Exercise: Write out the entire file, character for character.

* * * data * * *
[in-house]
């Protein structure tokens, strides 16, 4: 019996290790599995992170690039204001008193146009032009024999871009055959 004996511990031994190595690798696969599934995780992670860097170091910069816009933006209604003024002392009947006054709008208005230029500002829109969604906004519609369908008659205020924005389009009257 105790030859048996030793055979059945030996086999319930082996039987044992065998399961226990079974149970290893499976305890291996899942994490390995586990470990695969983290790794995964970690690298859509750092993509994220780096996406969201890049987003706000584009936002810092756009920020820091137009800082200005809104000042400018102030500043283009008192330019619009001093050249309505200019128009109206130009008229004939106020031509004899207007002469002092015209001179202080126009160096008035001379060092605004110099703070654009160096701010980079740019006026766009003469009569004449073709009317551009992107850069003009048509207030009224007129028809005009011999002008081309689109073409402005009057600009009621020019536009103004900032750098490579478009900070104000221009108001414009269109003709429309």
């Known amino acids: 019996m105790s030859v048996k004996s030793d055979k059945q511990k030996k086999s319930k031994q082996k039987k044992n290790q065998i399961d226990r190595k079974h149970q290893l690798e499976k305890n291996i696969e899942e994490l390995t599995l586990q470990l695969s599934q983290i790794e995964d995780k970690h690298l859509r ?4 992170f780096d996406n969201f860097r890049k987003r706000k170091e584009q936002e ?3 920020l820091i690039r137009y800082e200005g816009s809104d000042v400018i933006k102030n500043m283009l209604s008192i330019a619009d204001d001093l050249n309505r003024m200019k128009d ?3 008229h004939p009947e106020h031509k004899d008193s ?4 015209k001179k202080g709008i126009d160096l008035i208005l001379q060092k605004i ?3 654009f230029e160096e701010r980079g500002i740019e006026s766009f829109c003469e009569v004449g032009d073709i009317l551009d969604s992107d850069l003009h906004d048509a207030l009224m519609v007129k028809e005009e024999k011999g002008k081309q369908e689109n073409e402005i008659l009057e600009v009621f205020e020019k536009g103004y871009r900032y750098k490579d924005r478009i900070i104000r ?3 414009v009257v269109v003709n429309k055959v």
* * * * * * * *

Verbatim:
[in-house]
């Protein structure tokens, strides 16, 4: 019996290790599995992170690039204001008193146009032009024999871009055959 004996511990031994190595690798696969599934995780992670860097170091910069816009933006209604003024002392009947006054709008208005230029500002829109969604906004519609369908008659205020924005389009009257 105790030859048996030793055979059945030996086999319930082996039987044992065998399961226990079974149970290893499976305890291996899942994490390995586990470990695969983290790794995964970690690298859509750092993509994220780096996406969201890049987003706000584009936002810092756009920020820091137009800082200005809104000042400018102030500043283009008192330019619009001093050249309505200019128009109206130009008229004939106020031509004899207007002469002092015209001179202080126009160096008035001379060092605004110099703070654009160096701010980079740019006026766009003469009569004449073709009317551009992107850069003009048509207030009224007129028809005009011999002008081309689109073409402005009057600009009621020019536009103004900032750098490579478009900070104000221009108001414009269109003709429309």
């Known amino acids: 019996m105790s030859v048996k004996s030793d055979k059945q511990k030996k086999s319930k031994q082996k039987k044992n290790q065998i399961d226990r190595k079974h149970q290893l690798e499976k305890n291996i696969e899942e994490l390995t599995l586990q470990l695969s599934q983290i790794e995964d995780k970690h690298l859509r ?4 992170f780096d996406n969201f860097r890049k987003r706000k170091e584009q936002e ?3 920020l820091i690039r137009y800082e200005g816009s809104d000042v400018i933006k102030n500043m283009l209604s008192i330019a619009d204001d001093l050249n309505r003024m200019k128009d ?3 008229h004939p009947e106020h031509k004899d008193s ?4 015209k001179k202080g709008i126009d160096l008035i208005l001379q060092k605004i ?3 654009f230029e160096e701010r980079g500002i740019e006026s766009f829109c003469e009569v004449g032009d073709i009317l551009d969604s992107d850069l003009h906004d048509a207030l009224m519609v007129k028809e005009e024999k011999g002008k081309q369908e689109n073409e402005i008659l009057e600009v009621f205020e020019k536009g103004y871009r900032y750098k490579d924005r478009i900070i104000r ?3 414009v009257v269109v003709n429309k055959v």